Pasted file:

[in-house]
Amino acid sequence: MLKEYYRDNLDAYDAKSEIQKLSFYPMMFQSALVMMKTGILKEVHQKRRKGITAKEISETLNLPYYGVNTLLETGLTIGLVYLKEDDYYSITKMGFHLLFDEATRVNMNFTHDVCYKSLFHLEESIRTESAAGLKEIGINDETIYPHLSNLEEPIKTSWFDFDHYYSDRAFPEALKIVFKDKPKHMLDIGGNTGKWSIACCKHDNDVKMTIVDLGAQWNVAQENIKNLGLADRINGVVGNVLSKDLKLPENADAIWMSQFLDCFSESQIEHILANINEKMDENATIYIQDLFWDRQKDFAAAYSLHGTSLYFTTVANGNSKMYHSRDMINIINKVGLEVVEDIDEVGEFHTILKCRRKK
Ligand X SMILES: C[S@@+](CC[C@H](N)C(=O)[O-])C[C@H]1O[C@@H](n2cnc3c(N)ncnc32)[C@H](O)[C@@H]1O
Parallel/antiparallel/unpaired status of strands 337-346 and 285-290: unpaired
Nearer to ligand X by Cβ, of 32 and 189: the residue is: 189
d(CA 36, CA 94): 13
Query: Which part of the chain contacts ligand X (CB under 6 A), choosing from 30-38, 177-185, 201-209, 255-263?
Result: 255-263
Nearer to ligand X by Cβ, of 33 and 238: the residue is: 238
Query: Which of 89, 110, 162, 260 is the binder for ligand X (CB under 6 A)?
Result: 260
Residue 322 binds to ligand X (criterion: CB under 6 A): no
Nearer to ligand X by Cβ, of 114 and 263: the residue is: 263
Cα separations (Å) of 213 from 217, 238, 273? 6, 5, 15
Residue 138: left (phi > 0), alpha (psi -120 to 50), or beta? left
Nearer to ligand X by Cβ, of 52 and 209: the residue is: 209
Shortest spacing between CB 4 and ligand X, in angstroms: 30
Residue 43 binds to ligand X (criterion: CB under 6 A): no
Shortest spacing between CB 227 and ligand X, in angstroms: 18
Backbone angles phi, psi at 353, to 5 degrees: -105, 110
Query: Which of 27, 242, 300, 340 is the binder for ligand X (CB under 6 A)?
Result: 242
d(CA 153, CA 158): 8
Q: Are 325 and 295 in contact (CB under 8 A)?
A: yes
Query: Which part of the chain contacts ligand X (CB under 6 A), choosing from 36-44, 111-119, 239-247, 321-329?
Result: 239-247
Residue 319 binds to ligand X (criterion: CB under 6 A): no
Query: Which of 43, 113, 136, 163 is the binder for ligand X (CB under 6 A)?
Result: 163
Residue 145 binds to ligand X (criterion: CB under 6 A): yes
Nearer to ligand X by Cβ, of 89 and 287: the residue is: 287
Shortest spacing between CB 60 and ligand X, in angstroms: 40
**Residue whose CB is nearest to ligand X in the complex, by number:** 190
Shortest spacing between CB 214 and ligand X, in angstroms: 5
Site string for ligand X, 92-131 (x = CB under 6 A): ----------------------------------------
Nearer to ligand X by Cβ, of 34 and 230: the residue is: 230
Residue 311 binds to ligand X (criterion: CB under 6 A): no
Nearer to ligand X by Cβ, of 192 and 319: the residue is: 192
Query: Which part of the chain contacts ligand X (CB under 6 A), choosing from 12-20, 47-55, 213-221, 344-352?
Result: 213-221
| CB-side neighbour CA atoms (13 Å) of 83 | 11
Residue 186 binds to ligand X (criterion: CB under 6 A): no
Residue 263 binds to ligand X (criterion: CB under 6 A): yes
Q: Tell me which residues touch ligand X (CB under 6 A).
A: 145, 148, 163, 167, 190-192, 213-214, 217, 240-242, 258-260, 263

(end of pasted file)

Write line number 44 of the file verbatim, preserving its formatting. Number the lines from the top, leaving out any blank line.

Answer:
Residue 263 binds to ligand X (criterion: CB under 6 A): yes